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Updated 2018 OVDP and Voluntary Disclosure rules announced

by: Anthony Parent   2018-11-29

On November 20, 2018 and the IRS announced new Offshore Voluntary Disclosure Practice rules. In this article we will outline the significant changes. We also can expect to see clarifications and additional changes, so it is imperative that like all of our content, do not rely upon what you read as legal advice. Everything is subject to change.

 

 

First off, it is important to note that there has been no changes to any of the Streamlined Disclosure procedures. These are the procedures that most of our clients qualify for. You can visit our Streamlined Disclosure FAQ page to learn more.  The changes we are discussing here primarily affect taxpayers who are concerned about getting protection from criminal expsoure.

 

On September 28, 2018, the IRS ended the 2014 Offshore Voluntary Disclosure Program (OVDP). With no offshore disclosure program available, we received a lot of inquiries of what to do next. Essentially, our advice was similar to our advice after the 2009 Offshore Voluntary Disclosure Initiative (OVDI) ended with no other program in sight: Utilize the standard voluntary disclosure for criminal protections and gear up for a civil examination, and look to FBAR mitigation strategies along with reasonable cause arguments for any missing foreign informational returns like Form 5471, as there are no pre-set civil penalty regime like the 2014 OVDP with its 27.5% penalty on a taxpayer's foreign asset base.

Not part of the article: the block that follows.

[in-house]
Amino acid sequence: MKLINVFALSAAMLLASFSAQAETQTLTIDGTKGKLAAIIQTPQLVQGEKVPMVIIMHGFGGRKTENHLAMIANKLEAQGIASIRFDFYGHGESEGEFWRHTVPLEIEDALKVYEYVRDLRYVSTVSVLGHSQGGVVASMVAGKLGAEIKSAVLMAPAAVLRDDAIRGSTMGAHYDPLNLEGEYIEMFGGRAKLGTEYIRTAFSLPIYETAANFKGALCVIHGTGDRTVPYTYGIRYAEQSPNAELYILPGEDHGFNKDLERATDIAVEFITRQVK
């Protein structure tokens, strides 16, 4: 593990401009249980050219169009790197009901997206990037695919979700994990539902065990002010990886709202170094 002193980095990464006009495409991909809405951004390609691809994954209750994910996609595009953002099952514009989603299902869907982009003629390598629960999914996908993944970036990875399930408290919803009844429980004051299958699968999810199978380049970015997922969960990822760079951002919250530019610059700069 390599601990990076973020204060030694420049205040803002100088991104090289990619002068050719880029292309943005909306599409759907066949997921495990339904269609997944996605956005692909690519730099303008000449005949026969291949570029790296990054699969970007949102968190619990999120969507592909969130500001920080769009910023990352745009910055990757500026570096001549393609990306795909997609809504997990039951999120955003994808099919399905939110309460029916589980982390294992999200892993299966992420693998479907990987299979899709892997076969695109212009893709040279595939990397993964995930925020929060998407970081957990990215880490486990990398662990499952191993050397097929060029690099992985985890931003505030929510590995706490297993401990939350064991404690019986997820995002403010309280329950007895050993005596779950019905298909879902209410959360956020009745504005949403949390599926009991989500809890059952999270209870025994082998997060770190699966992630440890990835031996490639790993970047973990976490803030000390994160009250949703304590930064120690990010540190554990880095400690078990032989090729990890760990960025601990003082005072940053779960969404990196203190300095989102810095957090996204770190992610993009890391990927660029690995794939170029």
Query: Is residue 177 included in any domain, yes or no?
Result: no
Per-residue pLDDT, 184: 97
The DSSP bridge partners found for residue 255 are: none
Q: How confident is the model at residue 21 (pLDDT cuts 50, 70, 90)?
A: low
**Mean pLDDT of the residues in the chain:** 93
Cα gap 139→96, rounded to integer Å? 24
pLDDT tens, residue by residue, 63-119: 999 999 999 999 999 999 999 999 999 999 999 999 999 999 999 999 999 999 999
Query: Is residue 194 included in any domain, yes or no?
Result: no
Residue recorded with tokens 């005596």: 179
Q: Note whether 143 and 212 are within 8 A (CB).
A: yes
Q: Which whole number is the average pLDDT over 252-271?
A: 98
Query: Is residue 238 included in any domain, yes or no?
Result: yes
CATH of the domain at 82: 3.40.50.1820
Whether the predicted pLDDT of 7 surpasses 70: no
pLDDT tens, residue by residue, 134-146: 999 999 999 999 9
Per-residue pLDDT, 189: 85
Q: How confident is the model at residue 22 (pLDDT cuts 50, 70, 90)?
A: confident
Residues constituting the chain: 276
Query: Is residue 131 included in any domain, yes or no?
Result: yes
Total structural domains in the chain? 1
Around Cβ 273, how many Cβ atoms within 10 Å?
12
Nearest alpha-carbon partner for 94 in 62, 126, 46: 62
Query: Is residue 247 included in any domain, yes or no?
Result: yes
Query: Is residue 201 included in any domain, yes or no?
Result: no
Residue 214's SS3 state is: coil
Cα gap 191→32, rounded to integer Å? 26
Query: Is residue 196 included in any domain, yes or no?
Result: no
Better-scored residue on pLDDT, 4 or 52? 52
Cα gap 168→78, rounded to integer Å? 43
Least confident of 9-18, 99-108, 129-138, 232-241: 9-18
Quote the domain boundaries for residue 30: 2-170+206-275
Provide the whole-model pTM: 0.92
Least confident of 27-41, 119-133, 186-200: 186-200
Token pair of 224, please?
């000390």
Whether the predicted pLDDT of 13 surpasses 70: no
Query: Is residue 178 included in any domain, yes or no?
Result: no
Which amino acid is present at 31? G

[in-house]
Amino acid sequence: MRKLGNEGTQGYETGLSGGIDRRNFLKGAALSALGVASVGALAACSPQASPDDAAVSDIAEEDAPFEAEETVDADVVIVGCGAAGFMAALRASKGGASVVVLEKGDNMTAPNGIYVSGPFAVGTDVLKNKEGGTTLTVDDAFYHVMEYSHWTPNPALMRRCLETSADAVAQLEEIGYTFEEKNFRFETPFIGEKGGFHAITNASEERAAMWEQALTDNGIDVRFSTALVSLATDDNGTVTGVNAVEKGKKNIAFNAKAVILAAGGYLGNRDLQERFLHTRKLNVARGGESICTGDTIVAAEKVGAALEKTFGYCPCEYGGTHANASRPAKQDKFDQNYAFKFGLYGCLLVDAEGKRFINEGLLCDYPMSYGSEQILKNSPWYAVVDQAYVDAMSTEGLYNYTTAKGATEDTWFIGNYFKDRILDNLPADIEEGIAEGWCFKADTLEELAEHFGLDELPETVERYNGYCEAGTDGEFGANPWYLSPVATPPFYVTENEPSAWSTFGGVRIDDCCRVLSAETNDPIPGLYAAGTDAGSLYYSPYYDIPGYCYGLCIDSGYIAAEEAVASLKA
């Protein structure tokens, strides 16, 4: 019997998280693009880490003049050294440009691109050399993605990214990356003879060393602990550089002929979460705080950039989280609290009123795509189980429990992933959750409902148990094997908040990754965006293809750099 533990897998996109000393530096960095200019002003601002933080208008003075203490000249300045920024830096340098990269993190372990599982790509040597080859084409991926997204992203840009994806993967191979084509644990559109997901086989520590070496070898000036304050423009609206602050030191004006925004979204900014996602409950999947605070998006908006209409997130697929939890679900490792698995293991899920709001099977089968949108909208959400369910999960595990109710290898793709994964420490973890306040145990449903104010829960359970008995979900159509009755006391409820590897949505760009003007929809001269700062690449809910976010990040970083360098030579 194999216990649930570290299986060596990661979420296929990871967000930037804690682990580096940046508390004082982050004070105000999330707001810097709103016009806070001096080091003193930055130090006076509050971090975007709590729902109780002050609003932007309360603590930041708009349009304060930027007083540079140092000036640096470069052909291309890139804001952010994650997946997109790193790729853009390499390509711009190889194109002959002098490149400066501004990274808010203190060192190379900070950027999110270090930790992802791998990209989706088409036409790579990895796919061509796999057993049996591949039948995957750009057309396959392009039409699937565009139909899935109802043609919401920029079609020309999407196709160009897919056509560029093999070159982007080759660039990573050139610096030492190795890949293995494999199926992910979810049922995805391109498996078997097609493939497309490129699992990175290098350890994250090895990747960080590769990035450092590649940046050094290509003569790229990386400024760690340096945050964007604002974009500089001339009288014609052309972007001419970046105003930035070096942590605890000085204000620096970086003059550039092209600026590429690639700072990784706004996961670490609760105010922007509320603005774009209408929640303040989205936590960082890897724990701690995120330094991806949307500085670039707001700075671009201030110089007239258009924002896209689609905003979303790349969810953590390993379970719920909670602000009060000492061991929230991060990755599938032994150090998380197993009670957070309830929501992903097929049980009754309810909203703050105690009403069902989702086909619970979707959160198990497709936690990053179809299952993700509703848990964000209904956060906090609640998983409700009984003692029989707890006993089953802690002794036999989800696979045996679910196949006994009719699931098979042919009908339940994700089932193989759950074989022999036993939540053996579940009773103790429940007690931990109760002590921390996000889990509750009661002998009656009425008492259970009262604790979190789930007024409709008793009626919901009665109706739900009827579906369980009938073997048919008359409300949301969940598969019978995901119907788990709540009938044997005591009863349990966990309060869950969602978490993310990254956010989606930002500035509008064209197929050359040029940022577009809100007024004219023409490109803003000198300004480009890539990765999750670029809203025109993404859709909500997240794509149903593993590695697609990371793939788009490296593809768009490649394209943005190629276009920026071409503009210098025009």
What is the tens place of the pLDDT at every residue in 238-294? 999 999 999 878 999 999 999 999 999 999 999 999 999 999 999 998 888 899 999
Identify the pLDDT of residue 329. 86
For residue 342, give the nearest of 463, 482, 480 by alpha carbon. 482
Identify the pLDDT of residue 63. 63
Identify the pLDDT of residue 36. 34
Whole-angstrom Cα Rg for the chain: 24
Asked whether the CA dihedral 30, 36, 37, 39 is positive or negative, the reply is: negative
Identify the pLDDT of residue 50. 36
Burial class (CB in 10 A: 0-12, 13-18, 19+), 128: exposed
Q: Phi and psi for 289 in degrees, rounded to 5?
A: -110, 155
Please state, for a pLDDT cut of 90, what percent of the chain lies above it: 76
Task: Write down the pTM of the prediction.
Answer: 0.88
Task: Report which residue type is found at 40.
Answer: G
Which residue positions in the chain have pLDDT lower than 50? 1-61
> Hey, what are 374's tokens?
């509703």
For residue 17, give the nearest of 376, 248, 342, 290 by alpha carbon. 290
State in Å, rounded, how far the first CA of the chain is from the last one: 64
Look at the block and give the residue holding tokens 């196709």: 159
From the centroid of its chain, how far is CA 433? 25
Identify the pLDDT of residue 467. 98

With this memorandum, however, the IRS laid out processes that include a more variable civil penalty structure, and solidified coordination between the IRS criminal divisions and civil divisions.

 

In particular the new 2018 OVDP process involves:

 

  • An initial pre-clearance that is sent to IRS Criminal Investigations.
  • After pre-clearance granted, a taxpayersmust submit Form 14457 (which will soon be revised) with a proper narrative and supporting facts related to the non-compliance.
  • Once Form 14457 is accepted by IRS Criminal Investigations, the case will then be transferred for civil processing with the Large Business & International (LB&I) group in Austin.
  • Austin will then assign the case to a civil examiner to commence an audit.
  • Taxpayer must file correct original or amended returns for the last six year (note: this is better than the 2014 OVDP whiich requires 8-year look back). However the IRS says they may extend the look-back period in certain cases.